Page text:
This is but one of many interpretations of this unfolding drama. As if to confirm it, however, Netanyahu himself delivered what Gideon Levy aptly described as a “giant blah, blah” of a speech, throughout which he displayed all the usual qualities that make allies recoil with infinite more horror than do enemies. Not to be outdone, Obama stood before us, a small man burping out small ideas.

Of course, Abbas had to pitch his tent somewhere else. And, frankly, for that bit of rude clarity, Obama deserves a badge of honor from the Palestinians no less sizeable than the one bestowed upon him by Netanyahu and Lieberman.

I, for one, am delighted with him, and I think him marvelous for making such little effort to jazz up the rhetoric—as politicians are wont to do--to compensate for dim policy. In a region long hobbled by external deceits and homegrown fantasies, mistaken conjecture about imperial purpose can have potentially devastating consequences. At a minimum, it can lead to dangerously misplaced expectations by writhing societies looking for inspiration in all the wrong places. Obama has made it abundantly clear that, in this current struggle for change in the Arab world, the US shall lead from behind—way, way behind—and for that we should be eternally grateful.

Now we—most of all the Palestinians amongst us—need not suffer fools gladly whenever they start peddling grand American plans and ideals. Obama’s speech was that rare occasion when positive spin actually highlighted the hard facts it so dearly meant to obscure: the hands-off attitude towards peace; the need to “draw down” after years of exuberant and very costly overreach; the absolute necessity of focusing attention inward during an unusually pressing circumstance; the very flexible policy towards the Arab revolts, depending on US interest and the party in power, but the constancy towards Israel regardless of US interest and the party in power.

This is a much-diminished president speaking for a much-diminished superpower. Surely we can take a hint and run with it? Thankfully, for the Palestinians, the smart choices are few and stark clear. Their quest for liberation, as Rashid Khalidi wrote a few days ago, “will have to return from a two-decade hiatus at a rigged negotiating table to its original and most representative form: popular, grassroots, nonviolent struggle on the ground and among Palestinians in exile.”

Right after Obama’s speech, Middle East specialist and onetime US negotiator David Aaron Miller blogged it out with political scientist Daniel Levy on Bloggingheads. During the conversation, Miller, for whom the bid for Palestinian statehood is “not the main issue,” pointed out that Obama owed it to those who elected him (Miller included) not to waste any precious political capital on an ungrateful problem, when the priority is to get reelected and prevent the country from slipping into—God forbid—the hands of Governor Rick Perry.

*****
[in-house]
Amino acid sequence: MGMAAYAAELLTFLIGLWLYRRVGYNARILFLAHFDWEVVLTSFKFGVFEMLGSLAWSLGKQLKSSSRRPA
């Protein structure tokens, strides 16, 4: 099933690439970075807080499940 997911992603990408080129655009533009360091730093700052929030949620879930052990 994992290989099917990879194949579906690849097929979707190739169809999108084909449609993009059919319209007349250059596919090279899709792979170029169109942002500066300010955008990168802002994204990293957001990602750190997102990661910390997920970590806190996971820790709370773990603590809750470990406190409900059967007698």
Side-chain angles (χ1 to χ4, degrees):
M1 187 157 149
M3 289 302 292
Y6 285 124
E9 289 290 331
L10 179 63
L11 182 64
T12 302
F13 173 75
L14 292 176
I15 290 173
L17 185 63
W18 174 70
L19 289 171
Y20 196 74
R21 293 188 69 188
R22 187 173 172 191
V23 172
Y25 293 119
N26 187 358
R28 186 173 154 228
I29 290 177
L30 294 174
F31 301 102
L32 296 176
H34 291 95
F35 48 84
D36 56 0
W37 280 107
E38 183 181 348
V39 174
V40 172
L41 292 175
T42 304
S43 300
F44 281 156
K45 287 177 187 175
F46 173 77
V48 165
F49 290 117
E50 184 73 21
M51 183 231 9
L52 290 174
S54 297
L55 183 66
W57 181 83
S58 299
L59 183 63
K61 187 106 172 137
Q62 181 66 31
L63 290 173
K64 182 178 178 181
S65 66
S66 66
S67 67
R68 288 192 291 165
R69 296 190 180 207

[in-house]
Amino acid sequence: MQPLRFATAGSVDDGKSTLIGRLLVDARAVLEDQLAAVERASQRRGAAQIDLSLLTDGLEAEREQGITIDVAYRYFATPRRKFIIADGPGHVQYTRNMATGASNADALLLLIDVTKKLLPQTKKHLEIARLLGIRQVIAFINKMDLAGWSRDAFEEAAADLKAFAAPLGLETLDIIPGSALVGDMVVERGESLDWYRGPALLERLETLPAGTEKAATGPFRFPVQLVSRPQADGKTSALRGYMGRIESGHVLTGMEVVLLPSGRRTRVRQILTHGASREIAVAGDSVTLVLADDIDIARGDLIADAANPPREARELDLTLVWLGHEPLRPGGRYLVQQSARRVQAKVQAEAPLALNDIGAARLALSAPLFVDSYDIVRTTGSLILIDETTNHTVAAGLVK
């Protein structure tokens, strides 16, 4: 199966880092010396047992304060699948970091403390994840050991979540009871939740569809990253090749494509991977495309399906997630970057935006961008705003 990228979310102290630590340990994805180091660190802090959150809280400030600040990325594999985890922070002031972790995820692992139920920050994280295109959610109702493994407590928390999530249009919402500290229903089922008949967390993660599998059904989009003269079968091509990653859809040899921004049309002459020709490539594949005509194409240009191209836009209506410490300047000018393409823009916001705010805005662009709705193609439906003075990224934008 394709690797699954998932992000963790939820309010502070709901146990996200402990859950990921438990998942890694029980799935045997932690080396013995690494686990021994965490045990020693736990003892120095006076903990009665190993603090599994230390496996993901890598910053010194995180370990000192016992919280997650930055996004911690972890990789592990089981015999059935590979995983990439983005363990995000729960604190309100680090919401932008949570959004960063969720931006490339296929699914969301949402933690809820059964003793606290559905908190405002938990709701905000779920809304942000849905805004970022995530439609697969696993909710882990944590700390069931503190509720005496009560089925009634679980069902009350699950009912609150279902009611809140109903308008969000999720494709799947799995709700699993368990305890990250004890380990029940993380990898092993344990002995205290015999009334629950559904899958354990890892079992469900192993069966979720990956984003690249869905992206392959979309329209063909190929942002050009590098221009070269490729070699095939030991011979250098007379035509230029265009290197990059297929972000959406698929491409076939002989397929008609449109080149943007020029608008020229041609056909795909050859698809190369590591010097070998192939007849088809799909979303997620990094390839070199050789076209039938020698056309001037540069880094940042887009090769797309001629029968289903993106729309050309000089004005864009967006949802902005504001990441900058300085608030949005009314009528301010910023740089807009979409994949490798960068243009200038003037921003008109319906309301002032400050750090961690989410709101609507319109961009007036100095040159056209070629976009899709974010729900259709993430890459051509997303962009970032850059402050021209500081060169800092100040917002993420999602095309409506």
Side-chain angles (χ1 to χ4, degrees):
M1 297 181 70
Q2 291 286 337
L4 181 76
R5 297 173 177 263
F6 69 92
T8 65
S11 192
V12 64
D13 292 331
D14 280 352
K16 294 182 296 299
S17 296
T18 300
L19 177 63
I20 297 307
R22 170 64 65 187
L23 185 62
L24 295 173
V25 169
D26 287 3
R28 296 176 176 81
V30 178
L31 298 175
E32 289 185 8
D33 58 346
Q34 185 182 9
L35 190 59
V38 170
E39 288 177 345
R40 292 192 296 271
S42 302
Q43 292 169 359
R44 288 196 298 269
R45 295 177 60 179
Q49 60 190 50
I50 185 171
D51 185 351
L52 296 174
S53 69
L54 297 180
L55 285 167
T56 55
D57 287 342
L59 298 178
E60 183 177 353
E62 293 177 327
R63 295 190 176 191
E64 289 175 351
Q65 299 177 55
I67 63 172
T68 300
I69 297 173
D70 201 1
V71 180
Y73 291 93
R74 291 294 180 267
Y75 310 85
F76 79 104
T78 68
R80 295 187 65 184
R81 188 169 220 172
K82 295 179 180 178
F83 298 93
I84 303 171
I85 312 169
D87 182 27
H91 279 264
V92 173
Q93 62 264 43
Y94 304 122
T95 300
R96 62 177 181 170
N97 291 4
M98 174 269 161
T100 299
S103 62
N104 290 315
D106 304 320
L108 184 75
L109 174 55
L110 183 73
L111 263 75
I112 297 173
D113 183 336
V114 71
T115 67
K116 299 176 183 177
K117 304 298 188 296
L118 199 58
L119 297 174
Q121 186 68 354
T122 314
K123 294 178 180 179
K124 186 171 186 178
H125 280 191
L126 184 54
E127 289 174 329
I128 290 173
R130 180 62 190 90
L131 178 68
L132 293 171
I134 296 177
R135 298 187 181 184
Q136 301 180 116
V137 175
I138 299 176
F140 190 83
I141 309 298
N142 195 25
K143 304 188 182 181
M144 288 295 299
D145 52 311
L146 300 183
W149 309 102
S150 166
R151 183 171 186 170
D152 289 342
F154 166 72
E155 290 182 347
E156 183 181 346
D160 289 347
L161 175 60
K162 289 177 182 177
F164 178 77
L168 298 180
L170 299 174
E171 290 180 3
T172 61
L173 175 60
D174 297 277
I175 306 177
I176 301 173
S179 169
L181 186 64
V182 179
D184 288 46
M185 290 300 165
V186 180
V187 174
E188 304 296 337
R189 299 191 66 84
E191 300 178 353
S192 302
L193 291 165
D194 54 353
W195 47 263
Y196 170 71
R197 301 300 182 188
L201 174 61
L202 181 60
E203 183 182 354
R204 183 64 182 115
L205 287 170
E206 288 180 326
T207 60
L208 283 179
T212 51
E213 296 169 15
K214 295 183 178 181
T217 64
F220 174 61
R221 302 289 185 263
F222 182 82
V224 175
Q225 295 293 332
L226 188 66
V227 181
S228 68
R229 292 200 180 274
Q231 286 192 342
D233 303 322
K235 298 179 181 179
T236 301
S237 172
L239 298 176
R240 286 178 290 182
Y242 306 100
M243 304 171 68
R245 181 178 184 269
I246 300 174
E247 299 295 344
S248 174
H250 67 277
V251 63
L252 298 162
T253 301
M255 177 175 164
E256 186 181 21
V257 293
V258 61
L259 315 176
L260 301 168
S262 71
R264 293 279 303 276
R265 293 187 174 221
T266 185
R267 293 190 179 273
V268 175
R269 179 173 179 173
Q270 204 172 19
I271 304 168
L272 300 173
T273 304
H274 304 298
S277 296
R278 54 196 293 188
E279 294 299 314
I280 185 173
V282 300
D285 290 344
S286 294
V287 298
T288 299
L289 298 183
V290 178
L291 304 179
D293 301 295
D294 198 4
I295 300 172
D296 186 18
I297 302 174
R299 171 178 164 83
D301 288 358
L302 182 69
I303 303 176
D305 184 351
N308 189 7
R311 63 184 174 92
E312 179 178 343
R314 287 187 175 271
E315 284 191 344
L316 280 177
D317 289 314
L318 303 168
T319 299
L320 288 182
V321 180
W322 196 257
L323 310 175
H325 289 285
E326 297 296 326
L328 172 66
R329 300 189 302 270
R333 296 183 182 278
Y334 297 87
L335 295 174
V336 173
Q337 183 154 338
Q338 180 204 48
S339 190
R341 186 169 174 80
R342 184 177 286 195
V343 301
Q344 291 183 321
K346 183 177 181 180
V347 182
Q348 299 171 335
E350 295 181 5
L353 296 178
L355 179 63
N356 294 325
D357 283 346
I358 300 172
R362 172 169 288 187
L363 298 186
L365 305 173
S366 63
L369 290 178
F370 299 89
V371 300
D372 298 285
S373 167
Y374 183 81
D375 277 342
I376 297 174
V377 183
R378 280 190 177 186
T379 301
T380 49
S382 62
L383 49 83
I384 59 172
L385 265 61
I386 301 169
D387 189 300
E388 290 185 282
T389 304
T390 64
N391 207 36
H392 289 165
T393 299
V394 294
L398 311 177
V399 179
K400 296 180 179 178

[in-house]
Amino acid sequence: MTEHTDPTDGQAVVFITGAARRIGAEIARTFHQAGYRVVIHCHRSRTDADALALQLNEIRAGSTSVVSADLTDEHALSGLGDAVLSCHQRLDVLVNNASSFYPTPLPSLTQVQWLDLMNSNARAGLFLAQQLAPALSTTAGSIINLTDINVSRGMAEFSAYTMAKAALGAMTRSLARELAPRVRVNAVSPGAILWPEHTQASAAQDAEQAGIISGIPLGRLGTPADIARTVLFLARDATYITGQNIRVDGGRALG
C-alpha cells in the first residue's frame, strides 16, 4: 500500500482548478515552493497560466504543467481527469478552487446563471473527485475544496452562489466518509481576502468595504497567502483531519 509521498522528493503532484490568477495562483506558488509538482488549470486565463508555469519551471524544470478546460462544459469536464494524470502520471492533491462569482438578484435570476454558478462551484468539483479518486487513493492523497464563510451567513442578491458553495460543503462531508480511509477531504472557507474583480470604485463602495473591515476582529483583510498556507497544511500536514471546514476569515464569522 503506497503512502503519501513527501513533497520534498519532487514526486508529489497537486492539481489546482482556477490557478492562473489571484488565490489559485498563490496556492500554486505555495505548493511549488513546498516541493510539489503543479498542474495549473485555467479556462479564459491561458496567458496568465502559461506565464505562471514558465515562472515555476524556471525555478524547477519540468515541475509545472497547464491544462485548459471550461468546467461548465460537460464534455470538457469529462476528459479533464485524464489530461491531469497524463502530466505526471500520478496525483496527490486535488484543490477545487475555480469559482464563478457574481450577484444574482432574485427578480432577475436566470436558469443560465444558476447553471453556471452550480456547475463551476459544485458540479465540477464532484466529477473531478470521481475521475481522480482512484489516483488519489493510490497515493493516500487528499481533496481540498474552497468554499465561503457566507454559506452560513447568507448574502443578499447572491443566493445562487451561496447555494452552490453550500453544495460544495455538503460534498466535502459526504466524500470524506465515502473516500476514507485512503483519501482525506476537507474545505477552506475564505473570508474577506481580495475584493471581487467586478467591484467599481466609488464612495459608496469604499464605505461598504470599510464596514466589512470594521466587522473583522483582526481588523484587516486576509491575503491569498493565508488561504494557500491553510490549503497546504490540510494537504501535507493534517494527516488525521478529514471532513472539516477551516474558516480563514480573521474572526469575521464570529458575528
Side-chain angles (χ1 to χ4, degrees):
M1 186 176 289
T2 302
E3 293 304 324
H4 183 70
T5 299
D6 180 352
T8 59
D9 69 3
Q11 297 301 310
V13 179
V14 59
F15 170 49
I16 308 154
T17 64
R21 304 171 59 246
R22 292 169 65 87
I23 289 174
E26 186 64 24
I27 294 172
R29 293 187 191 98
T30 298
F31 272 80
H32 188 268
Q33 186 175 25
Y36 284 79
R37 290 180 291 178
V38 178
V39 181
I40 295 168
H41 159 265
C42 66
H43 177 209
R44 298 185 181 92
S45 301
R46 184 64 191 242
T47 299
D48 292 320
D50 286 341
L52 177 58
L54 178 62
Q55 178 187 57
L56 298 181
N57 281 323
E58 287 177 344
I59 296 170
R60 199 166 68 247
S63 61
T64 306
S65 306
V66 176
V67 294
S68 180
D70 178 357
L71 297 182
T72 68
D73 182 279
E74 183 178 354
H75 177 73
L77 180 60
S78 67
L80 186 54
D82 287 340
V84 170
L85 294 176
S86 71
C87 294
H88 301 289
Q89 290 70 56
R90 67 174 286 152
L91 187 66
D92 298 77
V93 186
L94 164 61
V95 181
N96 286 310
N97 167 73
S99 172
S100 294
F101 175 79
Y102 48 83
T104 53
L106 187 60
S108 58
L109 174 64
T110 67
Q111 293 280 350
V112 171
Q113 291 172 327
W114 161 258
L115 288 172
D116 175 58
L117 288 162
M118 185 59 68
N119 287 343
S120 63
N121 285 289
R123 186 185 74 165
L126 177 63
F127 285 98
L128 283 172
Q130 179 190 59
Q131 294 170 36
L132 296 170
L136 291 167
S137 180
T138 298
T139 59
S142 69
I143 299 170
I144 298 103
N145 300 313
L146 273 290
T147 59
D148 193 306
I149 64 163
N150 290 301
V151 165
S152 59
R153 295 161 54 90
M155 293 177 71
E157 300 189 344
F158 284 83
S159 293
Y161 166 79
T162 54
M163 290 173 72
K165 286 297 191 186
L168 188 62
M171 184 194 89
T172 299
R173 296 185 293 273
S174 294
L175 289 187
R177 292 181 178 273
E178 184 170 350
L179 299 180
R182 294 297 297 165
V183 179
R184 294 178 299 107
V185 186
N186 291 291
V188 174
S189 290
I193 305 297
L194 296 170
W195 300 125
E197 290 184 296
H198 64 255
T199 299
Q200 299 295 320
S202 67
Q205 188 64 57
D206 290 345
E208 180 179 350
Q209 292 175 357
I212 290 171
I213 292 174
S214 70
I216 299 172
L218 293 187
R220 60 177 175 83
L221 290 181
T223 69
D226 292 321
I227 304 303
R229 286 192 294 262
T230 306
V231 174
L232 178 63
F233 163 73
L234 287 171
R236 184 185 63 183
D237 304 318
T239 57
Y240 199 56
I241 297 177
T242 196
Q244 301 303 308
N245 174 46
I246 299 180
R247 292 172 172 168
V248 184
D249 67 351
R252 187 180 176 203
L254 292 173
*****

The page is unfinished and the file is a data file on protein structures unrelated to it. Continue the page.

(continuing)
America is in a “slow bleed,” Miller cautioned, nowhere near well enough at home, nor “feared, loved or respected” enough abroad to make much of a difference anyway. Worst still, he added, little could be done for Abbas, “who sits on a Palestinian humpty dumpty”-- neither taking Israel to the “woodshed,” nor waging another futile diplomatic offensive, when the status quo had not yet become untenable for the Palestinians and Israel.  

I guess Miller hasn’t been out much lately.

Remarkably, in making all these presumably sobering arguments against muscular American engagement in the peace process, Miller ends up ceding the case to Levy, whose closing point is if the US is so exhausted by it all, why beat up on Abbas, that poor sod of a “humpty dumpty,” for trying to climb down that miserable wall?

At one point in the give and take, in a wonderful flash of candor, the ex-diplomat said, ”Shoot me, I am an American,” in owning up to his current passion for US politics and little else.

“Shoot me, I am an Arab,” I found myself whispering to the screen, before switching off and tuning out.

Dare we hope that this sentiment will prove a turning point in Arab-American history?